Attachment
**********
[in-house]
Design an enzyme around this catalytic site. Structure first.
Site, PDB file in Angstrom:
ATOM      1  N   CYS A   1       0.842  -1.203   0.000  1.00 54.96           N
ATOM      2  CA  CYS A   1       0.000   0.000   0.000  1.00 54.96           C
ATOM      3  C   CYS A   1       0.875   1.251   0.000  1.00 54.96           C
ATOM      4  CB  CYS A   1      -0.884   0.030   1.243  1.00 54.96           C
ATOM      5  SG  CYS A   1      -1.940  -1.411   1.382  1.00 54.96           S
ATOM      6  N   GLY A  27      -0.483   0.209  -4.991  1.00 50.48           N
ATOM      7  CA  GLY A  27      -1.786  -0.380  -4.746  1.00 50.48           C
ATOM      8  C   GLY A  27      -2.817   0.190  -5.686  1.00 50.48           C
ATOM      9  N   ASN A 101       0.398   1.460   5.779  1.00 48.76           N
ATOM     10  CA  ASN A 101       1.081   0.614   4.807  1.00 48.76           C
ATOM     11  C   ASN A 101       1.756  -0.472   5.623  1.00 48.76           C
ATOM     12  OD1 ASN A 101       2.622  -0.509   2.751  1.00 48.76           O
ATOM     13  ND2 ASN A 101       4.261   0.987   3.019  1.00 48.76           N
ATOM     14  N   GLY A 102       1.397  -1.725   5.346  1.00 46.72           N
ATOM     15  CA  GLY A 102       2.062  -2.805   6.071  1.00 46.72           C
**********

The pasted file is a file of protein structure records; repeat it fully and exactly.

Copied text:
[in-house]
Design an enzyme around this catalytic site. Structure first.
Site, PDB file in Angstrom:
ATOM      1  N   CYS A   1       0.842  -1.203   0.000  1.00 54.96           N
ATOM      2  CA  CYS A   1       0.000   0.000   0.000  1.00 54.96           C
ATOM      3  C   CYS A   1       0.875   1.251   0.000  1.00 54.96           C
ATOM      4  CB  CYS A   1      -0.884   0.030   1.243  1.00 54.96           C
ATOM      5  SG  CYS A   1      -1.940  -1.411   1.382  1.00 54.96           S
ATOM      6  N   GLY A  27      -0.483   0.209  -4.991  1.00 50.48           N
ATOM      7  CA  GLY A  27      -1.786  -0.380  -4.746  1.00 50.48           C
ATOM      8  C   GLY A  27      -2.817   0.190  -5.686  1.00 50.48           C
ATOM      9  N   ASN A 101       0.398   1.460   5.779  1.00 48.76           N
ATOM     10  CA  ASN A 101       1.081   0.614   4.807  1.00 48.76           C
ATOM     11  C   ASN A 101       1.756  -0.472   5.623  1.00 48.76           C
ATOM     12  OD1 ASN A 101       2.622  -0.509   2.751  1.00 48.76           O
ATOM     13  ND2 ASN A 101       4.261   0.987   3.019  1.00 48.76           N
ATOM     14  N   GLY A 102       1.397  -1.725   5.346  1.00 46.72           N
ATOM     15  CA  GLY A 102       2.062  -2.805   6.071  1.00 46.72           C